What to Do When Your Message Falls on Deaf Ears


The Sower by Vincent van Gogh
via WikiMedia Commons: http://en.wikipedia.org/wiki/File:The_Sower_-_painting_by_Van_Gogh.jpg

Years ago, I was invited to speak at a conference. My topic was internet marketing, but I realized this particular industry was not known for being tech savvy. I asked whether attendees would have websites to improve or if they would be wondering why they should start an online presence at all. I was assured the audience fell into the former group. I prepared accordingly.

Of course, you know how this story goes.

At the beginning of my talk, I asked how many attendees currently had a website. Only a few hands were raised. About 90% of the room did NOT have a website yet. My talk was irrelevant to them. As much as I tried to adjust my message, I could tell what I was trying to plant in their minds was not taking root. I left feeling frustrated and like a failure.

Whether you’re marketing, writing or speaking; one of the greatest frustrations of communicating is when your message falls on deaf ears. There could be several reasons for this which may have nothing to do with the quality of your content. About 2,000 years ago, a man walked through his homeland speaking about hope and a new way of living. His following was growing, but he also knew not everyone had taken his words to heart. He described why he thought some people didn’t receive his message.

The amazing thing is how these words still apply today. It is brilliant advice for anyone who wants their ideas to take root and grow.

Listen. What do you make of this? A farmer planted seed. As he scattered the seed, some of it fell on the road and birds ate it. Some fell in the gravel; it sprouted quickly but didn’t put down roots, so when the sun came up it withered just as quickly. Some fell in the weeds; as it came up, it was strangled among the weeds and nothing came of it. Some fell on good earth and came up with a flourish, producing a harvest exceeding his wildest dreams.

Mark 4:3-8 (version from The Message by Eugene Peterson)

Jesus didn’t randomly choose these examples. Each explanation for the seeds not surviving has a different and specific meaning.

  1. The Road: Some people are hardened.
    This audience is not ready to hear what you have to say. You’re trying to persuade someone who still has a hard outer layer. They aren’t prepared for it. They haven’t been tilled. Therefore, your words never penetrate and something else swoops in and carries away your message before it can ever sink in.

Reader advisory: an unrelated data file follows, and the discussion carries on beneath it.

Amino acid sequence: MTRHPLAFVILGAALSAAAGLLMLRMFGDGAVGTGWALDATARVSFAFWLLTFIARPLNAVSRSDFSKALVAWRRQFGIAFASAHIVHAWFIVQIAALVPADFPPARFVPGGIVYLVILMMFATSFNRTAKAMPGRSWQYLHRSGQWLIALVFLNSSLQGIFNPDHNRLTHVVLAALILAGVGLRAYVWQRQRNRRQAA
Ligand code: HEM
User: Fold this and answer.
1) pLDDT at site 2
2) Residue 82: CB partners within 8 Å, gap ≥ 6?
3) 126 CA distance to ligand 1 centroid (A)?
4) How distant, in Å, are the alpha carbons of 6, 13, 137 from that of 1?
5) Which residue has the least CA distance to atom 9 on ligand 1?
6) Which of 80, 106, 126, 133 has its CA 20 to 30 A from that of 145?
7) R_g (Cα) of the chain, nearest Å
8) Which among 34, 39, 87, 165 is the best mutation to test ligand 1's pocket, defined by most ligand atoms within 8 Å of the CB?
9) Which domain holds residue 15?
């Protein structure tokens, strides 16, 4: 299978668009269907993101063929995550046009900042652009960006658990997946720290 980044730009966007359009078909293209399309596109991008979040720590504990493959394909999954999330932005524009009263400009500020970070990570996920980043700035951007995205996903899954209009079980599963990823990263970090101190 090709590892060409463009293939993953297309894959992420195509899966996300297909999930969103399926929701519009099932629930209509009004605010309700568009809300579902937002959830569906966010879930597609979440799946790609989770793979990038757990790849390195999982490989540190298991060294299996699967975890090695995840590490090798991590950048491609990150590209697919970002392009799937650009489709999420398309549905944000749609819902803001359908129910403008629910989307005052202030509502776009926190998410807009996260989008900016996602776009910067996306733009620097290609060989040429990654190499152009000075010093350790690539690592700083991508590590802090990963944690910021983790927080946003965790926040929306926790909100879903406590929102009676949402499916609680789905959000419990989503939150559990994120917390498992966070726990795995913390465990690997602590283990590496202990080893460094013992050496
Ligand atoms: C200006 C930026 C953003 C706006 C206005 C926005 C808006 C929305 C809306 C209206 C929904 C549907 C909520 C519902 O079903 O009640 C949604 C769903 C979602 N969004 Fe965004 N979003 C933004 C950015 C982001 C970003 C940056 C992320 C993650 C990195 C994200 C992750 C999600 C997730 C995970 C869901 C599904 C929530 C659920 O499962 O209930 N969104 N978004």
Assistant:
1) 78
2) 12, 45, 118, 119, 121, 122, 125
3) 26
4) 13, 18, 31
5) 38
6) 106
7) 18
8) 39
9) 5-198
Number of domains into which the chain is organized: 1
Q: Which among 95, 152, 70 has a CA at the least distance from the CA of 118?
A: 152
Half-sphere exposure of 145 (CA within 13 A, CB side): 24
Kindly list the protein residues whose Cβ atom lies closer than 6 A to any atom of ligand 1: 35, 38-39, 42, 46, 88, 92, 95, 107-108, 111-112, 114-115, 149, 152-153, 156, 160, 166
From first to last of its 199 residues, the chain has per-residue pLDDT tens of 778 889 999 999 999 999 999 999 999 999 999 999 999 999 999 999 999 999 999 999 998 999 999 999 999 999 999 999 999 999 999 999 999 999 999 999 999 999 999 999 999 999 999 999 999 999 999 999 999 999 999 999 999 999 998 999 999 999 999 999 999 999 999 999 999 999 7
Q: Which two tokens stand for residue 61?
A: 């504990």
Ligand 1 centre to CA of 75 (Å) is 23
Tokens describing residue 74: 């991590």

2. The Gravel: Some people are fickle.
    These folks may hear what you say and seem excited on the outside, but deep down – they don’t “get it.” Once it becomes tough to follow through, they they move on to the next exciting thing and forget your message.
  3. The Weeds: Some people are overwhelmed.
    This group also hears what you say, but they have a lot going on. Their other commitments and concerns use up all the oxygen and choke out your message. This is a big issue for today. The always escalating pace of life makes it terribly hard to stay top-of-mind with soccer practice and bills and dinner and dental appointments and…

So, what do we do with all this?

First, acknowledge that when people don’t respond to your offer/pitch/request/etc., it may have more to do with them than with you.

Second, be intentional about seeking out people who are ready for your message – the “good earth” mentioned by Jesus. People who have a deep conviction for what your proposing. People who will make the time to follow through.

Last, make sure your message is strong enough to resonate with and galvanize those who receive it.

What experience have you had with people not receiving your message? How did you respond? Did you take it personally? Did you change your approach?

Dustin Staiger is a business and marketing coach in Houston, TX. He addresses team and individual effectiveness, marketing, communications and creativity for smaller, entrepreneurial organizations as well as large enterprises.

Please note: I reserve the right to delete comments that are offensive or off-topic.

Join the conversation...